Showing the Evolution of Engagement

Jimmy Fallon’s Tonight Show caters to an online crowd, recognizing that a majority of viewers see the show when they want online. It is far cry from when viewer engagement with Johnny Carson and Jay Leno was attending their show on the Las Vegas Strip.

Jimmy Fallon’s Tonight Show caters to an online crowd, recognizing that a majority of viewers see the show when they want online. It is far cry from when viewer engagement with Johnny Carson and Jay Leno was attending their show on the Las Vegas Strip.

When Johnny Carson and Jay Leno hosted NBC’s Tonight Show, fans engaged with them by going to Las Vegas to catch their stage acts. With Jimmy Fallon, fans of all ages engage with him online.

Carson, Leno and Fallon are great comics and entertainers. But the shape of their TV shows reflects changes in media, viewership and engagement.

People made it a point to stay up late to watch Johnny Carson kid around with his laugh-track sidekick, Ed McMahon. Leno inherited Carson’s loyal audience, but saw it dwindle as new ways of watching TV began eating away at Nielsen ratings. Fallon’s ratings dropped, too. But his Twitter followers skyrocketed.

Increasingly, Fallon’s Tonight Show is geared for audiences accustomed to watching when they please. One estimate says more than 70 percent of Fallon’s audience watches his show online. The show is also geared to lure in a wider audience through online engagement that turns into comedy bits on the show.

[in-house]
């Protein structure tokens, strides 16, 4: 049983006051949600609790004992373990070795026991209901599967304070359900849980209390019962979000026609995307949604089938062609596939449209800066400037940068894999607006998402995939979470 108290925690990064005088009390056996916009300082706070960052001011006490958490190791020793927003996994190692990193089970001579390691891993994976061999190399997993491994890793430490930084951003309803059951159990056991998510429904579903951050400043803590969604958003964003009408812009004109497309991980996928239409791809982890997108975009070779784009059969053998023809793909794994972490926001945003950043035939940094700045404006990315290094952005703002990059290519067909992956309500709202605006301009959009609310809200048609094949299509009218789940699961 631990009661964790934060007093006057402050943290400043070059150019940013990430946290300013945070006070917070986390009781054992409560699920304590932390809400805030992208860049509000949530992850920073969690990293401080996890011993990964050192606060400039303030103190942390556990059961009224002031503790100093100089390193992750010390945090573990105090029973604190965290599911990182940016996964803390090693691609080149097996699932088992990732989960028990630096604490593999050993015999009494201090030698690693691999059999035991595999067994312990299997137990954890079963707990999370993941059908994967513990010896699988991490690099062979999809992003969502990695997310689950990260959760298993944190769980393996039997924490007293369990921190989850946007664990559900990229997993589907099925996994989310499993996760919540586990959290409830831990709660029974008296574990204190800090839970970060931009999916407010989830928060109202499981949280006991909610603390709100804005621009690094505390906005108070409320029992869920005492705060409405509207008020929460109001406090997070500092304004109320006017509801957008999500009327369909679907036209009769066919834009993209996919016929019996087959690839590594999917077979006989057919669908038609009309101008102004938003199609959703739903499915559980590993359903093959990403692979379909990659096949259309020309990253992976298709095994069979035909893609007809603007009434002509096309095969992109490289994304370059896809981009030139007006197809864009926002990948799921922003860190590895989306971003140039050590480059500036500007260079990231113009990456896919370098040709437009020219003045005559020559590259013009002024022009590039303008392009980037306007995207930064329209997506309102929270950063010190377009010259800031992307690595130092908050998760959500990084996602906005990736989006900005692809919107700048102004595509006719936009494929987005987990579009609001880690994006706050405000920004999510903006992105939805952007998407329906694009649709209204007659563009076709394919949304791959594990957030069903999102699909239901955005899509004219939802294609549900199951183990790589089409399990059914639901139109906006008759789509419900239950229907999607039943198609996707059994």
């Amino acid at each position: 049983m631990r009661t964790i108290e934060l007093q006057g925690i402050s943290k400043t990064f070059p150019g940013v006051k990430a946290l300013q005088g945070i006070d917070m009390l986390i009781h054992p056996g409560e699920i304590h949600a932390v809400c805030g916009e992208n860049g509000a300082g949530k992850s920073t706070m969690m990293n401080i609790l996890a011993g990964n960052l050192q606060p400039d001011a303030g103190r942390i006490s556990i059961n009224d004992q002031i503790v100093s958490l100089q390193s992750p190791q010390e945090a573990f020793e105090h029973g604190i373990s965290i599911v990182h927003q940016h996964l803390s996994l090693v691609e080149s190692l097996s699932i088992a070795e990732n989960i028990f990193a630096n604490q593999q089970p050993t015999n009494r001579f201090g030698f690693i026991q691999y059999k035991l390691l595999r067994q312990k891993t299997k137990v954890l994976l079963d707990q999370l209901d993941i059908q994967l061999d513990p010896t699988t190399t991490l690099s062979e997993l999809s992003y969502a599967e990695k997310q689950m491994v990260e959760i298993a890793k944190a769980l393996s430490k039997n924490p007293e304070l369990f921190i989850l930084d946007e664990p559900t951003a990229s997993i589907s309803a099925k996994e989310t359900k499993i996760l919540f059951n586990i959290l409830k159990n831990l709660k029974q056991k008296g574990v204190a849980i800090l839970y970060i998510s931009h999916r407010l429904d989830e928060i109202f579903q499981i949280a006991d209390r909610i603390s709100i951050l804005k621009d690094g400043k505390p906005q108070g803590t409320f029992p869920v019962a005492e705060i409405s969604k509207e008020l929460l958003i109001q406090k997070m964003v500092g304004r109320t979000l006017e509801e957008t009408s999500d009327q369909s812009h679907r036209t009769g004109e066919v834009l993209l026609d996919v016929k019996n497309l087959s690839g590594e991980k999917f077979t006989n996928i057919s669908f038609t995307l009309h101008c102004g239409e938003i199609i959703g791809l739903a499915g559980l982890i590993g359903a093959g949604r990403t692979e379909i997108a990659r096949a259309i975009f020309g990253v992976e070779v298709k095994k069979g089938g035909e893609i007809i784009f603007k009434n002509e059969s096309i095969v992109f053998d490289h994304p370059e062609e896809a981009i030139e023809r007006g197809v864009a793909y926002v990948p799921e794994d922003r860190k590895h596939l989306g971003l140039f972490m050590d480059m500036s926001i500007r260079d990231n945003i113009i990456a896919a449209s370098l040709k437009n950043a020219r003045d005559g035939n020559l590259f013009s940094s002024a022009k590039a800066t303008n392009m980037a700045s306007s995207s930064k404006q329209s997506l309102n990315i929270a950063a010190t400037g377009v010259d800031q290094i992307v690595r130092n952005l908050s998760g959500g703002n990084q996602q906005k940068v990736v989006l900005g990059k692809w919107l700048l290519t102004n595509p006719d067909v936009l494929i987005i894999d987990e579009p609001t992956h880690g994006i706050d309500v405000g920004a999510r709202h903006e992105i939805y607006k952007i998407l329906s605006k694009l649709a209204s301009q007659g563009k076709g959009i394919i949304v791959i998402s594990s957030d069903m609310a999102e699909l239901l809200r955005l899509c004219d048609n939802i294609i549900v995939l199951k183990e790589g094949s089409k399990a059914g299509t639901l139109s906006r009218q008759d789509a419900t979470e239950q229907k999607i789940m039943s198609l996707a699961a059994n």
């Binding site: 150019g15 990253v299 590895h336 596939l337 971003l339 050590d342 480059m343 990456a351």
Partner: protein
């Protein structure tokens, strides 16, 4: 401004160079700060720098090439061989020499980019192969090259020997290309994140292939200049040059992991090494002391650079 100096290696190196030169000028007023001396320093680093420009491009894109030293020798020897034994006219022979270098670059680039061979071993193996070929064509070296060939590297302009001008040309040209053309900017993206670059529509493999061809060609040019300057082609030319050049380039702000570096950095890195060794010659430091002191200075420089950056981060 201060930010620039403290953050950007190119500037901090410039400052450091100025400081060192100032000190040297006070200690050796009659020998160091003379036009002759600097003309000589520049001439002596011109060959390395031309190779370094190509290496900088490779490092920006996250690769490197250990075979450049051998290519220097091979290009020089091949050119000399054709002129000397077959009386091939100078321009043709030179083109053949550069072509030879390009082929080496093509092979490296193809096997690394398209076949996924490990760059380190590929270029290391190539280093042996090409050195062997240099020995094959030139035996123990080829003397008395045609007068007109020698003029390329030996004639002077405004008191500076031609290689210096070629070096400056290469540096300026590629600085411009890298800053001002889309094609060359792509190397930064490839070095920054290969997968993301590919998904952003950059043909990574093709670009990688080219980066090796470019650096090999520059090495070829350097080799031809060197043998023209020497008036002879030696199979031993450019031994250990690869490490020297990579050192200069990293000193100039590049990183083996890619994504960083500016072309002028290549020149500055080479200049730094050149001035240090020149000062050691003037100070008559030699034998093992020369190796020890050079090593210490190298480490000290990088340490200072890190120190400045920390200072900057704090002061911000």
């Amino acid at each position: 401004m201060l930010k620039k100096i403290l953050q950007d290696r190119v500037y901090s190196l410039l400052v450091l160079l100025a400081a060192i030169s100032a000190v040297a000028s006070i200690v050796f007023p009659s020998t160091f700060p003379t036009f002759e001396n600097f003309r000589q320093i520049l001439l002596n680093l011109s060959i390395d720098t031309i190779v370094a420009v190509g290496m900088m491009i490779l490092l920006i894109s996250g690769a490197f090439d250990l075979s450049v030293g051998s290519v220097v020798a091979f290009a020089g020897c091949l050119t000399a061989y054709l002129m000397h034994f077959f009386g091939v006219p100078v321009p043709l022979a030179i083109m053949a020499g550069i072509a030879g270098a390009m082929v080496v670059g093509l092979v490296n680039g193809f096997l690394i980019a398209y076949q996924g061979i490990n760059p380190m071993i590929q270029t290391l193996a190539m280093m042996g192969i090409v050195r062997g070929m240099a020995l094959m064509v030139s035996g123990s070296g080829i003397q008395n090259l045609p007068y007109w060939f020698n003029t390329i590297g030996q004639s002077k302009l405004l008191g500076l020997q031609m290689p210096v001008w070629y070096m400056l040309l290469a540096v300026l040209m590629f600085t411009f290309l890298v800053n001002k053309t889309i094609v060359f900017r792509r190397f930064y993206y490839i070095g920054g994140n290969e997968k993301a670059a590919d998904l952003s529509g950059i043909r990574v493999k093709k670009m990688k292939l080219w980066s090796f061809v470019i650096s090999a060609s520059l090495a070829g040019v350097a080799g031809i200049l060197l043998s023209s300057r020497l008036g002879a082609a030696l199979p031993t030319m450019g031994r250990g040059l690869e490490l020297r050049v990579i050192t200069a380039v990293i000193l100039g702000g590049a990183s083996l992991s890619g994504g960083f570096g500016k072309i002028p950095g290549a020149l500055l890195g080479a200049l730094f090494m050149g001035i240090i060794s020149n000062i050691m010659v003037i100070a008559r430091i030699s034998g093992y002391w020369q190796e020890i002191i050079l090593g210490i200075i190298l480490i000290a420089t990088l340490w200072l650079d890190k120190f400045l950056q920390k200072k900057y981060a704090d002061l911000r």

Each week, Fallon tweets with a hashtag inviting viewers or people who are just curious to submit their personal stories relating to his clever hashtag. On his Wednesday show, Fallon reads a selection of the best submitted tweets.  Here is one based on the hashtag #HowIGotFired.

Fallon crowdsources content. He invites viewers his social media sites, such as Tumblr, to send in funny photos and video clips. He engages many of his on-air guests in silly games, resulting in breaking eggs on foreheads, chugging beer and wearing outlandish outfits, which encourages viewers to replicate the games and send in their video 

Perhaps the biggest form of online engagement is through YouTube. Fallon, as well as Stephen Colbert and other late night show hosts, post a lot of material, packaged to be easily viewable and shareable. One popular segment featured Fallon in a lip-syncing contest with actress Emma Stone, which has attracted a staggering more than 78 million views. Another involved Fallon and Justin Timberlake as irrepressible young campers who vexed the camp counselor. These popular clips posted on YouTube boost viewership and attract a wider audience for the show.

For advertisers, the switch to online viewing and more digitally oriented content poses opportunities and challenges. Instead of relying on TV viewing ratings, they have to gauge social engagement and “softer” metrics, such as association. The upside for advertisers is that they can target more than just night owls and an older demographic.

Marketers are catching up, as evidenced by the shifting tone of advertising, which often adopts a humorous tone and quick-paced editing that matches the comedy of late night TV shows – and the continually evolving viewing patterns of online audiences.